Photo: An ocean sunfish or mola

Resembling a big floating blob, the sunfish, or mola, is the world's largest bony fish.

Photograph courtesy Gulf of the Farallones National Marine Sanctuary/NOAA

Map

Map: Mola range

Mola (Sunfish) Range

Fast Facts

Type:
Fish
Diet:
Omnivore
Average life span in captivity:
Up to 10 years
Size:
11 ft (3.3 m)
Weight:
Up to 5,000 lbs (2,250 kg)
Group name:
School
Did you know?
Ocean sunfish can become so infested with skin parasites, they will often invite small fish or even birds to feast on the pesky critters.
Size relative to a 6-ft (2-m) man:
Illustration: Mola compared with adult man

As gigantic as the ocean sunfish can be, it still seems like only half a fish.

Sunfish, or mola, develop their truncated, bullet-like shape because the back fin which they are born with simply never grows. Instead, it folds into itself as the enormous creature matures, creating a rounded rudder called a clavus. Mola in Latin means "millstone" and describes the ocean sunfish’s somewhat circular shape. They are a silvery color and have a rough skin texture.

The mola are the heaviest of all the bony fish, with large specimens reaching 14 feet (4.2 meters) vertically and 10 feet (3.1 meters) horizontally and weighing nearly 5,000 pounds (2,268 kilograms). Sharks and rays can be heavier, but they're cartilaginous fish.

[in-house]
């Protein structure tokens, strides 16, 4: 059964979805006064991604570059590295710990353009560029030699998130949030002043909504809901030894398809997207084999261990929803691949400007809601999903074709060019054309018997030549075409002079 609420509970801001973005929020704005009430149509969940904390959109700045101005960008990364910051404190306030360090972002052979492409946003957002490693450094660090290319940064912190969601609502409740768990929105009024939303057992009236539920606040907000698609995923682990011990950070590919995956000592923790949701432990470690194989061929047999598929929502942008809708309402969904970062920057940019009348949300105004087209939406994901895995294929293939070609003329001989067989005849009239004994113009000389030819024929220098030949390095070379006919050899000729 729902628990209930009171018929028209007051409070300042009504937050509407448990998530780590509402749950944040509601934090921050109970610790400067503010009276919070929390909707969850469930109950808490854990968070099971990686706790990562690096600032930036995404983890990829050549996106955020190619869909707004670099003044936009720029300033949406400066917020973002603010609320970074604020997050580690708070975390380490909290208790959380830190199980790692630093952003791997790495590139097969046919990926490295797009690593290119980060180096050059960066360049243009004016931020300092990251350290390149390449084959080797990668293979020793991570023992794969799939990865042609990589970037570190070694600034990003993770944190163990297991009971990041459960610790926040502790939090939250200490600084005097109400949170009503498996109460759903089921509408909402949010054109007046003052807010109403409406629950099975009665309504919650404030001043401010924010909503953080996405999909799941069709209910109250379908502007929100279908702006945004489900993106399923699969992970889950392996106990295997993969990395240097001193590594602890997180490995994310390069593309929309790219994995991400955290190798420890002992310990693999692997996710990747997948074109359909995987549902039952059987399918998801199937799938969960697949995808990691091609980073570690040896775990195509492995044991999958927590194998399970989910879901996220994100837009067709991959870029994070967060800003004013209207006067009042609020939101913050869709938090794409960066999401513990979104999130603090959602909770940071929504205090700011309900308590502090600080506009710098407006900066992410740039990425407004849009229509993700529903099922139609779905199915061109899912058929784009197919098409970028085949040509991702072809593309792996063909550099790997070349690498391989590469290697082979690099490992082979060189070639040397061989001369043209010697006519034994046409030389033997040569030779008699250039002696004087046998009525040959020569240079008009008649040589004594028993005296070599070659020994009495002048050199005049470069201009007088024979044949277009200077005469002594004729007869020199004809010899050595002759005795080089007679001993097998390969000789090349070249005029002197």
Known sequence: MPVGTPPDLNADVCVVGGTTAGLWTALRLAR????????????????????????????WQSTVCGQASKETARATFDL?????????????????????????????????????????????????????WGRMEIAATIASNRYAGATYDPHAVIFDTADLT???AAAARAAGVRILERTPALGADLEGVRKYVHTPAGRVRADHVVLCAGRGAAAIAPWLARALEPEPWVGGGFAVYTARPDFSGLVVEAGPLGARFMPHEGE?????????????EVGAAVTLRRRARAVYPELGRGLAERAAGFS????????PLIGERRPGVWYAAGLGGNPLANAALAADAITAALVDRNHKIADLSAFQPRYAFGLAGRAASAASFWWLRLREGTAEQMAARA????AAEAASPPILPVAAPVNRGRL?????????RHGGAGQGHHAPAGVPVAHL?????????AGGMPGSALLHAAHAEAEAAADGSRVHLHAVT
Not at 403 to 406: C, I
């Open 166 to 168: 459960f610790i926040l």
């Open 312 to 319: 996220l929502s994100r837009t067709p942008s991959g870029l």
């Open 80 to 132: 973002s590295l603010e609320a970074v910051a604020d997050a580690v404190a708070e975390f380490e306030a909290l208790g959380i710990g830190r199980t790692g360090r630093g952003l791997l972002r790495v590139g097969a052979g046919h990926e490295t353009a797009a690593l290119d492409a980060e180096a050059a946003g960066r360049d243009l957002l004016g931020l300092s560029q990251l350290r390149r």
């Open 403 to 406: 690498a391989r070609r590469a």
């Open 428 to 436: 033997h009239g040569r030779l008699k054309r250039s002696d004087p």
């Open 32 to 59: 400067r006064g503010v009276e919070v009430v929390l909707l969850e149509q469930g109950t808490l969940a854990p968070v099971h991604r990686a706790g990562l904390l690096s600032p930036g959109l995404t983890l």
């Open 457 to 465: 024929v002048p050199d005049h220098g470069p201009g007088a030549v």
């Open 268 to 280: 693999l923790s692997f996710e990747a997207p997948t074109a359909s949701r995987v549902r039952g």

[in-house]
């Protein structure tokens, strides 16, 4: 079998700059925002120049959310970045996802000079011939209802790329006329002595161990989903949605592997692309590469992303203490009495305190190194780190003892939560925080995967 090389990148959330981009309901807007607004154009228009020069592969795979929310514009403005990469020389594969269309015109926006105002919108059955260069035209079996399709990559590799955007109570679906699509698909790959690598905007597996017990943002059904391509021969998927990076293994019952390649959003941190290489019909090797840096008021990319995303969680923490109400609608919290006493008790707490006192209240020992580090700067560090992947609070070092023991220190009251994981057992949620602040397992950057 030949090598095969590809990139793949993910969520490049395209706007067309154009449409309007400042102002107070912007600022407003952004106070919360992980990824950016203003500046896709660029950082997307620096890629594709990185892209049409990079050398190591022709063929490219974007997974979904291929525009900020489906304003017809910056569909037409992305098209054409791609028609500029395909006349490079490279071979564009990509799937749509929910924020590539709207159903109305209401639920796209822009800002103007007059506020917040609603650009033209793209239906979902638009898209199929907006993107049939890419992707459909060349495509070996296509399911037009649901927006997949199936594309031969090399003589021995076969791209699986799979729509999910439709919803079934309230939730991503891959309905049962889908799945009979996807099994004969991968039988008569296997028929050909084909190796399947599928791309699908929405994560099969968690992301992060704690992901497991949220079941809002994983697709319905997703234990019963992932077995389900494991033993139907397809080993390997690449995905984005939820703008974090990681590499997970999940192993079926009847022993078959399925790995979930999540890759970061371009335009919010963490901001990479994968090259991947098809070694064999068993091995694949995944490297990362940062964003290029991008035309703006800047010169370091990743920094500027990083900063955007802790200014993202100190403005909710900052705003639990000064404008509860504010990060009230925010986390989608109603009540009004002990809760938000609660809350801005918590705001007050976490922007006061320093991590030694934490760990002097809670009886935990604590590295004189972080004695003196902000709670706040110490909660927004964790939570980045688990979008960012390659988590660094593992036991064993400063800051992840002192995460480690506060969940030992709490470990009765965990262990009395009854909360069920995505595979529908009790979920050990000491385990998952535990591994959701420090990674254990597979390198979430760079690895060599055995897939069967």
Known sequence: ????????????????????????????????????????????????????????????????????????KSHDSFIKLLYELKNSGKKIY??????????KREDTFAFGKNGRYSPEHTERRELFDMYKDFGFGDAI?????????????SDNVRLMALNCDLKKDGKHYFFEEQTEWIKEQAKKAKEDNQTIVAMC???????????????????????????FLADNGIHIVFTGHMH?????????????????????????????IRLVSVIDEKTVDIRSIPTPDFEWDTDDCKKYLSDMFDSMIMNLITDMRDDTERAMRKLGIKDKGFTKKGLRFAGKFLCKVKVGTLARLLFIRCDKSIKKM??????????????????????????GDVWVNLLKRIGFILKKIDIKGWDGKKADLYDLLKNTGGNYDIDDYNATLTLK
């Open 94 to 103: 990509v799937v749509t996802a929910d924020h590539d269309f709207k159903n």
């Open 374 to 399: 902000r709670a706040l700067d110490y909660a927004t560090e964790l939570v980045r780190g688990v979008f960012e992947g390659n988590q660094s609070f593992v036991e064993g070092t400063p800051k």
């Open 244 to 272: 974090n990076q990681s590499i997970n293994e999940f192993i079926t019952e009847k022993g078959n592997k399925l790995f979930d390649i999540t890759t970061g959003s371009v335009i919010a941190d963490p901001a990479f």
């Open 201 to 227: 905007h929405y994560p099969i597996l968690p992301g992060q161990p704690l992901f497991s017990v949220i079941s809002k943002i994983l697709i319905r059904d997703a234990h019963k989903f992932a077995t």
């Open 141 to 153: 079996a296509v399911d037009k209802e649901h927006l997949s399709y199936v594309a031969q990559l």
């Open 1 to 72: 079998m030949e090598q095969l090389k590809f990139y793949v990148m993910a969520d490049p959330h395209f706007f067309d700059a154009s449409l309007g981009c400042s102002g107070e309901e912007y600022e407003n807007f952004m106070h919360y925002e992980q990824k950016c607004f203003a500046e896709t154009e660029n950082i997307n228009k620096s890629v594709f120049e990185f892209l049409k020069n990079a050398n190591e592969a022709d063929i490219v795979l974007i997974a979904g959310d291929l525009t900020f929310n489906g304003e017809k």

Mola are found in temperate and tropical oceans around the world. They are frequently seen basking in the sun near the surface and are often mistaken for sharks when their huge dorsal fins emerge above the water. Their teeth are fused into a beak-like structure, and they are unable to fully close their relatively small mouths.

Ocean sunfish can become so infested with skin parasites, they will often invite small fish or even birds to feast on the pesky critters. They will even breach the surface up to 10 feet (3 meters) in the air and land with a splash in an attempt to shake the parasites.

They are clumsy swimmers, waggling their large dorsal and anal fins to move and steering with their clavus. Their food of choice is jellyfish, though they will eat small fish and huge amounts of zooplankton and algae as well. They are harmless to people, but can be very curious and will often approach divers.

Their population is considered stable, though they frequently get snagged in drift gill nets and can suffocate on sea trash, like plastic bags, which resemble jellyfish.

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